Do a Shot: every time someone gets shot.
Take a Drink: every time a character takes a drink or does a drug.
Take a Drink: for every use of the color red.
Do a Shot: every time Woody Harrelson does something police officers shouldn’t do.
Sip Your Drink: for every use of the word “fuck.”
By: Hawk Ripjaw (Two Beers) –
A bank in Atlanta is forcibly relieved of a safety deposit box via robbers Michael Atwood (Chiwetel Ejiofor), Gabe Welch (Aaron Paul), Russell Welch (Norman Reedus), Franco Rodriguez (Clifton Collins Jr), and Marcus Belmont (Anthony Mackie). The latter two are police officers. All of them are in service to the Russian mafia led by Irina Vlaslov (Kate Winslet). In the force itself, recent transfer and talented cop and family man Chris Allen (Casey Affleck) has just been partnered with an extremely reluctant Marcus, leery of Chris catching onto him as a dirty cop.
Sergeant Jeffrey Allen (Woody Harrelson) is slowly tracking down the perpetrators of the heist, while Irina has coerced the robbers into performing another heist, with a time constraint and the threat of not only the death of their friends, but Michael never seeing his daughter (and Irina’s neice) again. Their idea to pull of the heist: A Triple 9- police code for a slain officer, and the one thing that will draw the city’s police attention away from the heist. They’ve chosen their target, and it’s Chris.
With one of the biggest A-list casts of the year, Triple 9 boasts a fantastic ensemble and each of them do great work. Norman Reedus, who you all know as the best character on The Walking Dead, has a fairly minor turn but still lights up the screen. Casey Affleck continues to prove how powerful a performance can be without saying much at all. Woody Harrelson is weirder than he’s been in years, but still manages to give a surprising amount of nuance to his character, while Chiwetel Ejiofor makes his character a bit more complex than “bank robber #2” would suggest. Honestly, they’re all great.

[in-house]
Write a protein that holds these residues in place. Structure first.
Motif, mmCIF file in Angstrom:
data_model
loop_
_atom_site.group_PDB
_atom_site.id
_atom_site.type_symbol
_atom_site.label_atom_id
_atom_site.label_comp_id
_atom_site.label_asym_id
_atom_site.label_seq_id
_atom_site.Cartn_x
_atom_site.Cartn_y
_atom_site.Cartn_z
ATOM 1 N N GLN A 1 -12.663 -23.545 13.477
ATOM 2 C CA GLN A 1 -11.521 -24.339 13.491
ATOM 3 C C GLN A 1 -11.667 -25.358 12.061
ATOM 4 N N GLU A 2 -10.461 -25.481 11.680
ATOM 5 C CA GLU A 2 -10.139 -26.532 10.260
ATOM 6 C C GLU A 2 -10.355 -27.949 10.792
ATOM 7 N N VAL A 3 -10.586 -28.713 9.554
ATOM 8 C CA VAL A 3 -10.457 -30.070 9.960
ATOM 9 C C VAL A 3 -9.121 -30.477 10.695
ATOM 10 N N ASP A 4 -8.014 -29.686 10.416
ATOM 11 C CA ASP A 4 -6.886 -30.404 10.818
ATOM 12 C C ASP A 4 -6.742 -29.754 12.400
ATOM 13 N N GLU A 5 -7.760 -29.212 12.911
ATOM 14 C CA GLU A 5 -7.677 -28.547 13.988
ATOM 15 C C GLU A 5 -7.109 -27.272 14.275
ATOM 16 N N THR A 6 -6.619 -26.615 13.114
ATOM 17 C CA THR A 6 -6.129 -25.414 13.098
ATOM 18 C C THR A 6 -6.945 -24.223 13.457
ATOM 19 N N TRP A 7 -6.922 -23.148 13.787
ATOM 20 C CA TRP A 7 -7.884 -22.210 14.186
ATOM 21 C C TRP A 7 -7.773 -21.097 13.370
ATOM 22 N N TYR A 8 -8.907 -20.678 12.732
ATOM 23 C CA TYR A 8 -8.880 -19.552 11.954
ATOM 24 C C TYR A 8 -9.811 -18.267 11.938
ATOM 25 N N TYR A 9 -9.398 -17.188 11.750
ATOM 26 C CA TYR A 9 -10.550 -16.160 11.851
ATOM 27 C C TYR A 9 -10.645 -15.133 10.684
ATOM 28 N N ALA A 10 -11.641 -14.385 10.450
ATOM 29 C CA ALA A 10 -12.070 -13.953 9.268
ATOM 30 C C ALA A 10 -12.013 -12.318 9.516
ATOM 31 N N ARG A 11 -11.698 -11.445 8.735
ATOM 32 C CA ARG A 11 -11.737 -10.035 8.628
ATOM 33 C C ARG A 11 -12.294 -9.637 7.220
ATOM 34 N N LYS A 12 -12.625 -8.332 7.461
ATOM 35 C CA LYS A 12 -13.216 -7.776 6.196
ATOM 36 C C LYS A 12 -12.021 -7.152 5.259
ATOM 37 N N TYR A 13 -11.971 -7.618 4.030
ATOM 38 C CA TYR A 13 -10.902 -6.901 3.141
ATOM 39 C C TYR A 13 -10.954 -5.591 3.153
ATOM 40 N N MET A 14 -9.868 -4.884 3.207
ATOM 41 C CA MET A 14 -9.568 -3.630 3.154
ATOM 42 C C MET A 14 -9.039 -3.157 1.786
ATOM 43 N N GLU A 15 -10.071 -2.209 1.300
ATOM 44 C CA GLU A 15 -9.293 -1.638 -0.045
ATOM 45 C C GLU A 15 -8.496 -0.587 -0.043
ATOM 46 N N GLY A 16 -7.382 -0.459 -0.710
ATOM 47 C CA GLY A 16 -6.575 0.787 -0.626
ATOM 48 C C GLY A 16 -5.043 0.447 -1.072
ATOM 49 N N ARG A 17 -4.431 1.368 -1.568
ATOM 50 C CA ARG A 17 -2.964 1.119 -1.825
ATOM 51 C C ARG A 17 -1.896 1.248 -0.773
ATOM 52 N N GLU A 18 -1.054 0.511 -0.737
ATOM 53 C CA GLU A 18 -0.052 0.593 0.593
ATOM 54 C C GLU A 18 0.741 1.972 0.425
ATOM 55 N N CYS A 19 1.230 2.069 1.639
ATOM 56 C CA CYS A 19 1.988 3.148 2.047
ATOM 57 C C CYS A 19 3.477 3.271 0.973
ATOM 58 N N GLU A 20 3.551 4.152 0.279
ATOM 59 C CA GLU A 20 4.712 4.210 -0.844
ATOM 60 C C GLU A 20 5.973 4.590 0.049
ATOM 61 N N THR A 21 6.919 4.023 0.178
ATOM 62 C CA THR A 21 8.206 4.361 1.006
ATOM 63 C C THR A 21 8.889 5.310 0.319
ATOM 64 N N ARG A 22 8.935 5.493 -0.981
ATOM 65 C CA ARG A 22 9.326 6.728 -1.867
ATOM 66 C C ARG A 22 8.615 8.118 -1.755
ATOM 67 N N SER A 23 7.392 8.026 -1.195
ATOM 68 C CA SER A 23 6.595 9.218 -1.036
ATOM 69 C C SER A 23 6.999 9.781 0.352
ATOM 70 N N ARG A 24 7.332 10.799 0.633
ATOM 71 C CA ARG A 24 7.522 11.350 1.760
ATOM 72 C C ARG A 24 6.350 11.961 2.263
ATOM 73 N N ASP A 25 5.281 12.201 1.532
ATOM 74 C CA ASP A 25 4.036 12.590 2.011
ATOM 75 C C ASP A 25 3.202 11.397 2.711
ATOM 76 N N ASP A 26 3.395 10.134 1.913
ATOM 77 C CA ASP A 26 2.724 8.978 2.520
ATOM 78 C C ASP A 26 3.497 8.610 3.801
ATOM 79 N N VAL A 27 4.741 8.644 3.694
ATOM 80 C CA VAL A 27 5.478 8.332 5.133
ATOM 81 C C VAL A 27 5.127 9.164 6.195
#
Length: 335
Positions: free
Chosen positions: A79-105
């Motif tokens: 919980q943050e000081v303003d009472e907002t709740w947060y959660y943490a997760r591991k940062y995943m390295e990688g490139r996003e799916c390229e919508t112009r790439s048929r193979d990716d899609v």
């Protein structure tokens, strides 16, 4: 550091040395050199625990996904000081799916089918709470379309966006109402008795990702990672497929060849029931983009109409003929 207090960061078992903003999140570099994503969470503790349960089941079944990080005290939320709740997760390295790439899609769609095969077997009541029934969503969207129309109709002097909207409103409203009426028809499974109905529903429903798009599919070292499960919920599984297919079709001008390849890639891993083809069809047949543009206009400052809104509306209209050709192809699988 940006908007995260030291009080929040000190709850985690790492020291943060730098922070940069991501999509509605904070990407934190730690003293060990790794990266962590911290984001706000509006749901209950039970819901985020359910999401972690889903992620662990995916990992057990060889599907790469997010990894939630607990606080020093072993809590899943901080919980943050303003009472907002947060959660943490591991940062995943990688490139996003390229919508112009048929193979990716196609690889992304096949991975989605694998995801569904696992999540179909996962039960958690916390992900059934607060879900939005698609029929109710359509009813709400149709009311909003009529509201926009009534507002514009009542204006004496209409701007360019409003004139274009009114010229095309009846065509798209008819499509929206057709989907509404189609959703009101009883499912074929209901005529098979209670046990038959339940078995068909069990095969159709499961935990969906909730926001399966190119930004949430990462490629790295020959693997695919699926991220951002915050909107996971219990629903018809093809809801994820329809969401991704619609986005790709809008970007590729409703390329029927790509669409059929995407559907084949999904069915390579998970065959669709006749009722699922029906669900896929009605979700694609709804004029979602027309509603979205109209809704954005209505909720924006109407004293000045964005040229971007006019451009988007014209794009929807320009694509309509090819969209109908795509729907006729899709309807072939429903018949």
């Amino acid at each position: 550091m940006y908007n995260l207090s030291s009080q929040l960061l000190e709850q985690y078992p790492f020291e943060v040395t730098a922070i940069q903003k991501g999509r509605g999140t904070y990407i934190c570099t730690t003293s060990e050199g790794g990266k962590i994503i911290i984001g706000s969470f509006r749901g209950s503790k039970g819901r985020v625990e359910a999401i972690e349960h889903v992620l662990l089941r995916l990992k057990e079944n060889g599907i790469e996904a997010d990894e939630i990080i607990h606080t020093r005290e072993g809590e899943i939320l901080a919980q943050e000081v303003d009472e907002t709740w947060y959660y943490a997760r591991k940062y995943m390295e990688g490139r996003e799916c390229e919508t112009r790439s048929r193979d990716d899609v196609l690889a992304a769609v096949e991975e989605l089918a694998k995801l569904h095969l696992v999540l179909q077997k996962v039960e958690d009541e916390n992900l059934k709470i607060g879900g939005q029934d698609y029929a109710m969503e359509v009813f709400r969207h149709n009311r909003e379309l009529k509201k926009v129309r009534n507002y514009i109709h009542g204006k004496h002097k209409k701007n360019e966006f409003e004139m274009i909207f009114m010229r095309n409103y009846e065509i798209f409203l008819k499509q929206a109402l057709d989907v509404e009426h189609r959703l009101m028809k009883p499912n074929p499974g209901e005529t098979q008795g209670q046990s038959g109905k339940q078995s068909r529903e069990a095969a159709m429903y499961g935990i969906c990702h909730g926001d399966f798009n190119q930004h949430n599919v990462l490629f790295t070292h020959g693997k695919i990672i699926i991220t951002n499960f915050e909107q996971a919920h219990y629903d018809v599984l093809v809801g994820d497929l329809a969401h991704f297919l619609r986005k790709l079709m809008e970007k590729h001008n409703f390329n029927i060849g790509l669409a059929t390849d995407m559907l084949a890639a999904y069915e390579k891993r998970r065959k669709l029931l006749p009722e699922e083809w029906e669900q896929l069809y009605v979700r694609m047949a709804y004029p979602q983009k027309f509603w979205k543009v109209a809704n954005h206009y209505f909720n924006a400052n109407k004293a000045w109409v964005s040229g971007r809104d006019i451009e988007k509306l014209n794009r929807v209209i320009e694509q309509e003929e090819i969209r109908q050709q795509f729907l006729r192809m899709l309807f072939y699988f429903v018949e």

As can be expected from John Hillcoat, this is a fantastically directed film. From the way Hillcoat switches up his cinematography based on the situation at hand to the interesting use of the color red, it is simply enthralling to look at. A midpoint breach in which the camera remains mostly fixated on Chris’ face behind a riot shield as he coolly directs officers left and right through the labyrinthine rooms of an apartment complex contrasts nicely with a climactic handheld scene with Sergeant Allen racing through the streets of Atlanta.
To boot, composer Atticus Ross (The Social Network with Trent Reznor), teaming this time with Claudia Sarne, Leopold Ross, and Bobby Krlic, delivers a smashing success with the score; from a ripping opening theme that weaves what sounds like radio feedback with pulsing electronics to slower, more tense ambiance, the soundtrack is a hugely pleasant surprise.
While the characters have good, believable dialogue, they’re not very well fleshed out, and many of them lack any sort of arc. They could have just as well been named after their Cop Movie archetypes and it wouldn’t matter. While the believable dialogue makes them all seem more realistic as human beings, the storyline of the movie doesn’t service a concept of “people in another crazy week” and as such ends up being mildly dissatisfying in a traditional film structure.
There are plot points here and there that, true to form for the genre, seem to rely on convenient coincidences. Perhaps that’s intentional, as Harrelson’s Sergeant Allen remarks at least two or three times on the nature of coincidence. It’s here that you start to wonder how much subtext the movie is trying to play on, but in the grander scheme it feels like an underdeveloped idea. In a perfect world, Triple 9 would have made a showstopper of a miniseries.
In our world, it’s a slightly flawed, occasionally predictable, but still pretty damn gripping police drama.
And it has Norman Reedus.